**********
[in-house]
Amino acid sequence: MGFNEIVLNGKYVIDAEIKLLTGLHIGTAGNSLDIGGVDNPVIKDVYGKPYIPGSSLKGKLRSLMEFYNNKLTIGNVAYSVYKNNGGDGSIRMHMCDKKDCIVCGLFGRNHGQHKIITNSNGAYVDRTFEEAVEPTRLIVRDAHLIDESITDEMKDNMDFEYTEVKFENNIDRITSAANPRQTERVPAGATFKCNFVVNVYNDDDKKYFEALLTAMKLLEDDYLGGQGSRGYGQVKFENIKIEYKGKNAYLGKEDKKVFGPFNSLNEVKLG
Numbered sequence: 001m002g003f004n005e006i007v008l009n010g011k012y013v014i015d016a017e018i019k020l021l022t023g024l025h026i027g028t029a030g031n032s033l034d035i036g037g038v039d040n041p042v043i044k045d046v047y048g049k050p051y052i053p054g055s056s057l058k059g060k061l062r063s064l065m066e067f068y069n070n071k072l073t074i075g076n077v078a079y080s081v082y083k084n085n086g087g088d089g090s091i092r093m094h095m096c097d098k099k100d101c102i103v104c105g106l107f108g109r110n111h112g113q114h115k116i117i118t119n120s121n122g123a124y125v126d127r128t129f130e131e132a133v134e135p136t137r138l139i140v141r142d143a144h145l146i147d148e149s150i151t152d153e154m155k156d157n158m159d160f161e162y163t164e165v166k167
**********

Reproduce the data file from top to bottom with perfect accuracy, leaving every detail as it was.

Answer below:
[in-house]
Amino acid sequence: MGFNEIVLNGKYVIDAEIKLLTGLHIGTAGNSLDIGGVDNPVIKDVYGKPYIPGSSLKGKLRSLMEFYNNKLTIGNVAYSVYKNNGGDGSIRMHMCDKKDCIVCGLFGRNHGQHKIITNSNGAYVDRTFEEAVEPTRLIVRDAHLIDESITDEMKDNMDFEYTEVKFENNIDRITSAANPRQTERVPAGATFKCNFVVNVYNDDDKKYFEALLTAMKLLEDDYLGGQGSRGYGQVKFENIKIEYKGKNAYLGKEDKKVFGPFNSLNEVKLG
Numbered sequence: 001m002g003f004n005e006i007v008l009n010g011k012y013v014i015d016a017e018i019k020l021l022t023g024l025h026i027g028t029a030g031n032s033l034d035i036g037g038v039d040n041p042v043i044k045d046v047y048g049k050p051y052i053p054g055s056s057l058k059g060k061l062r063s064l065m066e067f068y069n070n071k072l073t074i075g076n077v078a079y080s081v082y083k084n085n086g087g088d089g090s091i092r093m094h095m096c097d098k099k100d101c102i103v104c105g106l107f108g109r110n111h112g113q114h115k116i117i118t119n120s121n122g123a124y125v126d127r128t129f130e131e132a133v134e135p136t137r138l139i140v141r142d143a144h145l146i147d148e149s150i151t152d153e154m155k156d157n158m159d160f161e162y163t164e165v166k167